Jason Baker and Christy, his fiancé at the time, were in a hostel in Bangkok when he noticed something was wrong. The best way to describe how his testicle felt, he says, was to compare it to a peach pit. Rock hard, rough. Too intimidated to walk into a medical clinic in Bangkok, he put the thought out of his mind and continued on his travels for the rest of the month.
When the couple returned to Calgary at the end of August 2008, he went to a clinic and was then sent for an ultrasound and to a diagnostic clinic, without telling Christy what was going on. When an appointment reminder accidentally popped up on her computer and she learned what he was going through, she made things happen. Working in the medical industry, Christy asked a customer to look at him. Immediately after his examination, he was taken in for major surgery, a procedure to remove the
affected testicle known as an Orchidectomy.
The first time Jason “used the tools,” after his surgery, Christy (now his wife) became pregnant. They reveled in the news and the fact he was cancer free. But in May 2009, the cancer returned. Because Jason’s doctors told him the cancer might spread to his lymphatic system, he was monitored regularly at the Tom Baker Cancer Centre with x-rays, blood work and CT scans so when it did return, it was caught early. And then the work began.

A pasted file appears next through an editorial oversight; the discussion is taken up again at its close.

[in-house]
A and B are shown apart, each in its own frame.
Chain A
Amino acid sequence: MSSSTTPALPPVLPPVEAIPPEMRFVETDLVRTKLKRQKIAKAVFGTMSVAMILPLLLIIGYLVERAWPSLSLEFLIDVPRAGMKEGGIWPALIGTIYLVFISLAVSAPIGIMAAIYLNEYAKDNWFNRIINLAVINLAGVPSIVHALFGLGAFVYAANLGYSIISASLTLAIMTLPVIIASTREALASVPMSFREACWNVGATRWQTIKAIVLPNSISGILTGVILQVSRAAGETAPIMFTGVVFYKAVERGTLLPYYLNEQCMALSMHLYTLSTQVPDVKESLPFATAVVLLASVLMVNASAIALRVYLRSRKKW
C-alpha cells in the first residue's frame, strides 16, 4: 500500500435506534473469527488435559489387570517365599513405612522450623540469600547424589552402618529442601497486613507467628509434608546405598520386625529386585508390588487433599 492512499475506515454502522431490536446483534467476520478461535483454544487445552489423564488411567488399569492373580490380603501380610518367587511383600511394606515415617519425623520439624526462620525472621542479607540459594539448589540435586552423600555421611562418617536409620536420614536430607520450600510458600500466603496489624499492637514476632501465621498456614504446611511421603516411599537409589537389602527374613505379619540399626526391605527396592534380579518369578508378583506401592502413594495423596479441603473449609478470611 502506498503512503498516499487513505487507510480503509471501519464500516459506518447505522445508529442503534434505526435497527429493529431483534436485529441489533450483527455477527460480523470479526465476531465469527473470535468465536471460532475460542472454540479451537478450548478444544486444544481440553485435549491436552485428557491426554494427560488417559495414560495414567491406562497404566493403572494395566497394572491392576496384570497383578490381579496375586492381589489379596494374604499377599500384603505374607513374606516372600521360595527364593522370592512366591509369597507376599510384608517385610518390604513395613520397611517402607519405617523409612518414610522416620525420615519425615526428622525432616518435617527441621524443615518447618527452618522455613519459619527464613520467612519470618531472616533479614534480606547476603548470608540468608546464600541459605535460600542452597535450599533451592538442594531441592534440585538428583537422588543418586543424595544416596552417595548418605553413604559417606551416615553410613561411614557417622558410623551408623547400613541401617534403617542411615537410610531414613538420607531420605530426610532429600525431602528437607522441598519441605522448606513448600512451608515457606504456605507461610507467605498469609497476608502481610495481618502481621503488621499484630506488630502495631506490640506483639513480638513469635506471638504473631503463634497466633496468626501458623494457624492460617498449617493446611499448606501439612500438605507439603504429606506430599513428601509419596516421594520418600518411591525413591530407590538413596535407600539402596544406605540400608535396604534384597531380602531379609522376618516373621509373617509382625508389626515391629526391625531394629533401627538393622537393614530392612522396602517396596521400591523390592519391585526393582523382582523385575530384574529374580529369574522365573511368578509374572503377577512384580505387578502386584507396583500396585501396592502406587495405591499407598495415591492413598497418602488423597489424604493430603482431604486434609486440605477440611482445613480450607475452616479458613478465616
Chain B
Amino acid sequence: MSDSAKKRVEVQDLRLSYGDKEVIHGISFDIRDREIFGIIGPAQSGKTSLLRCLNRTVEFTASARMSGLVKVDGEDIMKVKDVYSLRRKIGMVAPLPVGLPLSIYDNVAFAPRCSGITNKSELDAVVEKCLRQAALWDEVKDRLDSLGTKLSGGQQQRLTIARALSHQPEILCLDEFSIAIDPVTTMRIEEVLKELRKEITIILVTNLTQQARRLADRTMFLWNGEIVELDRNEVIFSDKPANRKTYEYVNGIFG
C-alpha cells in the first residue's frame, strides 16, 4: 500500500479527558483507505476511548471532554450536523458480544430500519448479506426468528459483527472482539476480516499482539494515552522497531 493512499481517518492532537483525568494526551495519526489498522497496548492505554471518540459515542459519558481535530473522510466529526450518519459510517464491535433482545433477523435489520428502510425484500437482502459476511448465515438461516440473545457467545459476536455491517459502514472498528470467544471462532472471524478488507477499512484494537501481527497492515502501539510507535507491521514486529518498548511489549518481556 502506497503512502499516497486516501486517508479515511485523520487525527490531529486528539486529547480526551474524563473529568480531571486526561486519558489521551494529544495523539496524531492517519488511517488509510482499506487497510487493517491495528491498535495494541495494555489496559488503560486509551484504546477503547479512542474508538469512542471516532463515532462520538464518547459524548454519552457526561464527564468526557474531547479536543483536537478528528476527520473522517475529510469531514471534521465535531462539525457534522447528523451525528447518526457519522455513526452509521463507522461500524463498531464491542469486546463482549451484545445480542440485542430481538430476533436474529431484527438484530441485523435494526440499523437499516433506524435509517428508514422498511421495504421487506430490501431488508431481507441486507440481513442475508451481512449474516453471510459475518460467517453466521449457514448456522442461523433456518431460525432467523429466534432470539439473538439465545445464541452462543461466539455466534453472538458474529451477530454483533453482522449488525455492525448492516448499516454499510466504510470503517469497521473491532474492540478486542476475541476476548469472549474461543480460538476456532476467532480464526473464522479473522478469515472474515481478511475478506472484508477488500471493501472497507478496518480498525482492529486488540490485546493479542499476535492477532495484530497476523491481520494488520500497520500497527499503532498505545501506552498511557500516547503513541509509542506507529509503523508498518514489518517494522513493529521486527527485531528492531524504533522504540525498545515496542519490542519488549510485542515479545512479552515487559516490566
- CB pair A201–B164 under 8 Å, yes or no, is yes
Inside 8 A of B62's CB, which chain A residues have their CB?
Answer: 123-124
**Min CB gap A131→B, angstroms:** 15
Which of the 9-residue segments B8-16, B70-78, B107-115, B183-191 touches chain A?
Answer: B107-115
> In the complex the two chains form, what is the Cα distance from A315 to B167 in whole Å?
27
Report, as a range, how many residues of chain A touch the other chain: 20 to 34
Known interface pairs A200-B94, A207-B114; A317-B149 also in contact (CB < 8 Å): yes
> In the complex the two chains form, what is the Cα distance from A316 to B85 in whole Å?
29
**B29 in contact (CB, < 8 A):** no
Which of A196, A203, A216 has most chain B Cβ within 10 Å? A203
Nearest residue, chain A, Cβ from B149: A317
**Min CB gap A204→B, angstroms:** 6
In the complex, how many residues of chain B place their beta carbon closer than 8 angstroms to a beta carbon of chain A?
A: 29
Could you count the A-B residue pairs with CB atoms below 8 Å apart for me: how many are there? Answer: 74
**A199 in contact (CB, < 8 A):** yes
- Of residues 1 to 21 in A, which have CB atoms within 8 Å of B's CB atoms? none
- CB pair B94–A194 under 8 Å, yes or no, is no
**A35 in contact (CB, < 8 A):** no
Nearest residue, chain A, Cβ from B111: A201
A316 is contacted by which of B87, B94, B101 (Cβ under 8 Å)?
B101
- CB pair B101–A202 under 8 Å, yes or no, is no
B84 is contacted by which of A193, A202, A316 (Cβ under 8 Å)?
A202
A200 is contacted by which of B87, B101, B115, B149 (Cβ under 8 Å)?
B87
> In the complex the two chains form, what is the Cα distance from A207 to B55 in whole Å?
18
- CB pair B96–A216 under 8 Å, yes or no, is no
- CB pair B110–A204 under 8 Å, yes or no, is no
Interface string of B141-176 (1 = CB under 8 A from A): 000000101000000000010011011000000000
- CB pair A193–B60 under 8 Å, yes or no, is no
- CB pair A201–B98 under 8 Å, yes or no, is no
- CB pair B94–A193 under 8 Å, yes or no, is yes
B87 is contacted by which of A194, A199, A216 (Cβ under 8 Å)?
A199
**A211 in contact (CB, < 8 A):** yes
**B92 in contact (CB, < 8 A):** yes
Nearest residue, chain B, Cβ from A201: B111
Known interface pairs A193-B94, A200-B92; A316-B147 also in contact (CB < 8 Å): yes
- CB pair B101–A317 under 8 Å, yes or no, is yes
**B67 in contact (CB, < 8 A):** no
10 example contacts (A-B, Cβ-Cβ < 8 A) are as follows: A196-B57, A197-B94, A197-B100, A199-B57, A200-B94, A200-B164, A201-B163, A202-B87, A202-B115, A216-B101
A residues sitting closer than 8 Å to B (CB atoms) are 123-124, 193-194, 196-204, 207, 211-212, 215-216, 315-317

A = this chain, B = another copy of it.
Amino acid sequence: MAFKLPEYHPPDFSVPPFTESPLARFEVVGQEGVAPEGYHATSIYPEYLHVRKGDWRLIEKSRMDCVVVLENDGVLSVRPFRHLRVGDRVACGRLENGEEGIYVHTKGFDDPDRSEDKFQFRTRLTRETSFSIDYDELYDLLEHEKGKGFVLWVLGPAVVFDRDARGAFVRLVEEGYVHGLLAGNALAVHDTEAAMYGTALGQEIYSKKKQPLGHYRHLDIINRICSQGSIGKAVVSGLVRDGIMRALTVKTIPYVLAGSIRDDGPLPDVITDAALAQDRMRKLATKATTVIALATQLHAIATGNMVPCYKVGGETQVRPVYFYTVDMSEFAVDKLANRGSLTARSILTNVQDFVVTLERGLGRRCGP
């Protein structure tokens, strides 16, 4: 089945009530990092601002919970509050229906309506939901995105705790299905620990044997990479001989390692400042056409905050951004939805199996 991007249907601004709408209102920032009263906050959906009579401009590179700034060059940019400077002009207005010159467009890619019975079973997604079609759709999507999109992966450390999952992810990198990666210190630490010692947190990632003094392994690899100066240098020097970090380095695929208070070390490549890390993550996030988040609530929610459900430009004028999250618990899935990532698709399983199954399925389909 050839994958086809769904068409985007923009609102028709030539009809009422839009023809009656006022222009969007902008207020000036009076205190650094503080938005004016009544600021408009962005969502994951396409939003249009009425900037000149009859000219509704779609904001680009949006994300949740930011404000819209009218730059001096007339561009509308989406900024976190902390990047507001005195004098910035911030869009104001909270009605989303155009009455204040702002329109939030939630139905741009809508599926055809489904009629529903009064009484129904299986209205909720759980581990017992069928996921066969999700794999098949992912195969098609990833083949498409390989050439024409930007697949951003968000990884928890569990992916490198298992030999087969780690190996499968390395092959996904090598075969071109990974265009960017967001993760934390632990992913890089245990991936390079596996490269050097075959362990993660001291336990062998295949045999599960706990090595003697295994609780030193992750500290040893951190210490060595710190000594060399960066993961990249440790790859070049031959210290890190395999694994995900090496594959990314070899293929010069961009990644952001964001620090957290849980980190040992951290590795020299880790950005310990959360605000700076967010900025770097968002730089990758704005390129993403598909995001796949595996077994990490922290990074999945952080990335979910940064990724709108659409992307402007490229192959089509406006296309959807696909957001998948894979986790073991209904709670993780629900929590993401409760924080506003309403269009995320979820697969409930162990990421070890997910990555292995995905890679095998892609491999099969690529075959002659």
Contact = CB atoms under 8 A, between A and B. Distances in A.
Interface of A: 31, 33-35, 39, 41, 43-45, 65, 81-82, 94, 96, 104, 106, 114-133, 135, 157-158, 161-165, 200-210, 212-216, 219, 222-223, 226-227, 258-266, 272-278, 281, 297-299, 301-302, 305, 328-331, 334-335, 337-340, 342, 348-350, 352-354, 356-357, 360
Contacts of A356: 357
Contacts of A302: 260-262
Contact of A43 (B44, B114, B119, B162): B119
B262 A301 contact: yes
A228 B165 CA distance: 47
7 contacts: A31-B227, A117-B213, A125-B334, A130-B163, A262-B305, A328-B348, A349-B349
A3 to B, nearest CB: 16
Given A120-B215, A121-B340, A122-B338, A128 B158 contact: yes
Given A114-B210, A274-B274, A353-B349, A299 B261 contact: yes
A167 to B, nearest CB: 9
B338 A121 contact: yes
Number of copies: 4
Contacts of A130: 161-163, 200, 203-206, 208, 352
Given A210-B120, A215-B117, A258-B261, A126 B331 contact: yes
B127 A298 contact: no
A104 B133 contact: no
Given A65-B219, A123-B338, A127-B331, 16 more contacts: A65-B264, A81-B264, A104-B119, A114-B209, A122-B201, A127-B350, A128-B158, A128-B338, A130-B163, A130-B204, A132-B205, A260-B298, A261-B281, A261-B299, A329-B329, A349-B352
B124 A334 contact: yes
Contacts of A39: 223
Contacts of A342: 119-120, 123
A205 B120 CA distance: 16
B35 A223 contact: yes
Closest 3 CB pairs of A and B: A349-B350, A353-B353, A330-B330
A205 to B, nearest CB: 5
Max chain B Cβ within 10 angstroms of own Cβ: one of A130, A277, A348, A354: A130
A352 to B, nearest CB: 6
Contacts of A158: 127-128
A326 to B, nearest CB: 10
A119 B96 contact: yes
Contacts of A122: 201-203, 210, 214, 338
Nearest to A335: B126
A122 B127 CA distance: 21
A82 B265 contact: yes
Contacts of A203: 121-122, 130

Jason went through three months of gruelling chemotherapy between May and July and one week later, their daughter Addyson was born. Since then he has turned his cancer journey into a more public mission, starting the aptly named oneBall organization, to help patients and family members cope with the disease. Formed by Jason, his wife, and a group of friends, including Dr. Daniel Heng, his oncologist at the Tom Baker Cancer Centre and now medical director of his board, the group’s goals are to raise money for research and clinical trials, educate young males about the disease, promote early diagnosis and hold two fundraising events each year. At the first event—a head/beard shave off—the goal was to raise $10,000 for the Alberta Cancer Foundation. At the end of the evening, they made $26,000.
“For me, it was never a question of whether I would beat this thing,” he says. “I never thought of myself as a survivor because it never entered my mind that I was going to die. So now, I want to create as much awareness as I can and raise money for testicular cancer research.”
“Attitude was the most important factor for me and my family!"
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